Responsibility to Protect in North Korea
The Democratic People’s Republic of Korea (DPRK or North Korea) continues to commit acts of genocide and crimes against humanity that are unparalleled in the world today in terms of brutality and loss of life.
To date, over four million have died of starvation in North Korea since 1995. Photographs from Reuters AlertNet published in October confirm refugee testimonials of a continued famine. The United Nations reports that over six million North Koreans, particularly children and pregnant and breast-feeding women, are currently at risk of death due to starvation.
Interestingly, however, studies indicate that North Korean refugees almost universally oppose government-enforced food aid to North Korea. Despite having family and friends currently at risk, they adamantly warn that food aid via the regime will not benefit those who are in desperate need, but reinforce a genocidal system that leverages access to food as an unethical means of controlling the population.
The Committee for the Democratization of North Korea, a coalition movement spearheaded by North Korean refugees and formerly led by North Korea's highest-ranking defector, the late Hwang Jang-yop, has frequently and emphatically condemned unconditional aid to North Korea as a form of appeasement, warning that aid has not reached the average dying North Korean but has been stealthily exploited by the North Korean authorities.
Refugee Insights into North Korea, a study published this year based on interviews with over 1,600 North Korean refugees in China and South Korea by Stephan Haggard and Marcus Noland, found that a substantial number of refugees had no knowledge of the over a decade of international humanitarian aid to North Korea, though it at one point purportedly fed more than a third of the North Korean population. Among those who were aware of international aid, the vast majority indicated they were never beneficiaries and that food aid was instead diverted to the military and to the party elite.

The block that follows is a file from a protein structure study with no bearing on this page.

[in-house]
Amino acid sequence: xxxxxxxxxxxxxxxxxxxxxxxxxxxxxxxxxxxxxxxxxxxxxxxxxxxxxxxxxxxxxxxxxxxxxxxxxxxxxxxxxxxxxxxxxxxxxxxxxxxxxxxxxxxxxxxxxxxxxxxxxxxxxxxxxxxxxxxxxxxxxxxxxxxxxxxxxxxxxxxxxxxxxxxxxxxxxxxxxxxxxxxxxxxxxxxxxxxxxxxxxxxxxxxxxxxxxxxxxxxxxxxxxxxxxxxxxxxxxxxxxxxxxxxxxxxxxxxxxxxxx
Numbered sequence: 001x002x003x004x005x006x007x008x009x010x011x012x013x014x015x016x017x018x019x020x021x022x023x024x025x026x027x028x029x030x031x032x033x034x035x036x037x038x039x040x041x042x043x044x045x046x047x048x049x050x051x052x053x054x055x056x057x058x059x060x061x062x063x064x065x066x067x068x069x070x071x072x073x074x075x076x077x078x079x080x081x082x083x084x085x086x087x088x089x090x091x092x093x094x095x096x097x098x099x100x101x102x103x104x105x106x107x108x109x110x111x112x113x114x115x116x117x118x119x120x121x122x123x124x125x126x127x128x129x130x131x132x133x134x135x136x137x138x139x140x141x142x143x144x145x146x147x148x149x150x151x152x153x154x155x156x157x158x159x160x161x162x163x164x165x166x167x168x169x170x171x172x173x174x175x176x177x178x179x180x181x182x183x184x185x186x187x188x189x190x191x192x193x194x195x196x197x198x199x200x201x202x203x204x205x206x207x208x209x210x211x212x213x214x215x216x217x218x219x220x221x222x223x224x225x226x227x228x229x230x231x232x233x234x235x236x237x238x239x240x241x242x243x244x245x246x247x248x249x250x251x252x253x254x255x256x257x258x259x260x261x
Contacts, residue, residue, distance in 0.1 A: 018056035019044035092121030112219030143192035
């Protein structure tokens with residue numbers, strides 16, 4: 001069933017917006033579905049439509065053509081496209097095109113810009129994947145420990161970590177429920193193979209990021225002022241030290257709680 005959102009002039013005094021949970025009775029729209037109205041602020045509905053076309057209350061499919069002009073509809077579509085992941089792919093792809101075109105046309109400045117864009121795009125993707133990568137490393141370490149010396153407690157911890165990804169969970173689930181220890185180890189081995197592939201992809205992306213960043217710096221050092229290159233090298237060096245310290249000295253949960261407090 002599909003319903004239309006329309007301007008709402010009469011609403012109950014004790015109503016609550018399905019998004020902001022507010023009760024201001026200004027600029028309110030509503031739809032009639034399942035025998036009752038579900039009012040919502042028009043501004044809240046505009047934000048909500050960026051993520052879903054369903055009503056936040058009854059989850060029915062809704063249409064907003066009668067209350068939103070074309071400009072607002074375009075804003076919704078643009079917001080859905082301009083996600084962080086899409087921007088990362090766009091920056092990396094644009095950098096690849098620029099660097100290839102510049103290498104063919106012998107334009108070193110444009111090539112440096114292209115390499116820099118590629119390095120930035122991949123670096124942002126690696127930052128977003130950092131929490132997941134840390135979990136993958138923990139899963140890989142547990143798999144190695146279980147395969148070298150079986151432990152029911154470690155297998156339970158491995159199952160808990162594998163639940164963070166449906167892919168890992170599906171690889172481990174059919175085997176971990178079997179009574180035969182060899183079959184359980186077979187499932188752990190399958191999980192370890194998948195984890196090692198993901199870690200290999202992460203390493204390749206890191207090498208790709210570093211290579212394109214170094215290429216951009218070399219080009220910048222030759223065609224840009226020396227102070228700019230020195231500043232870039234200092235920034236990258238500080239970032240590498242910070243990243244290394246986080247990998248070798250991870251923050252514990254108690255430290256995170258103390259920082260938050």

Citing poverty or natural disasters as the culprit of North Korea’s perpetual famine is misguided. Former Special Rapporteur on Human Rights in North Korea Vitit Muntarbhorn stated categorically in his final report to the General Assembly in 2010 that the DPRK, which has the largest per capita army and the highest military GDP expenditures in the world, was by no means poor. Mr. Muntarbhorn noted that North Korea has very large mineral resources and generates billions in export and trade, but that the profits from this activity are being used completely on the party elite and for nuclear technology development. He concluded and has since reiterated in interviews that the North Korean regime has the means at its disposal to feed its people and that the real issue is not a lack of resources but a military-first policy and misappropriation of funds by DPRK authorities.
In the 1990s, the DPRK was the recipient of more aid than any other nation in the world. Yet there is now overwhelming, verifiable evidence of the DPRK’s systematic diversion of billions in humanitarian aid during this period, which is internationally recognized as one of the most devastating famines of the 20th century, with as many as 3.5 million North Koreans dying of starvation. At the height of the famine, the DPRK regime suspended commercial imports, diverting the money saved to strengthen its military and to continue its nuclear enrichment program. The regime spent massive amounts of money on military purchases, including eight military helicopters and 40 MiG-21 fighters. This methodical diversion of humanitarian aid has been coupled with a harsh penal system centered on executions and detainment in prison camps.
Political prison camps provide a clear example of the DPRK’s use of food as leverage in preserving its repressive policies. Following the Soviet example, political prisoners have been systematically starved since the regime's inception in 1945. Moreover, according to current Special Rapporteur on Human Rights in North Korea Marzuki Darusman, as many as 250,000 political prisoners, one-third of whom are children, are at present being forced to perform slave labor on starvation rations and are subject to brutal beatings, systematic rape and torture, and execution at the whim of prison guards.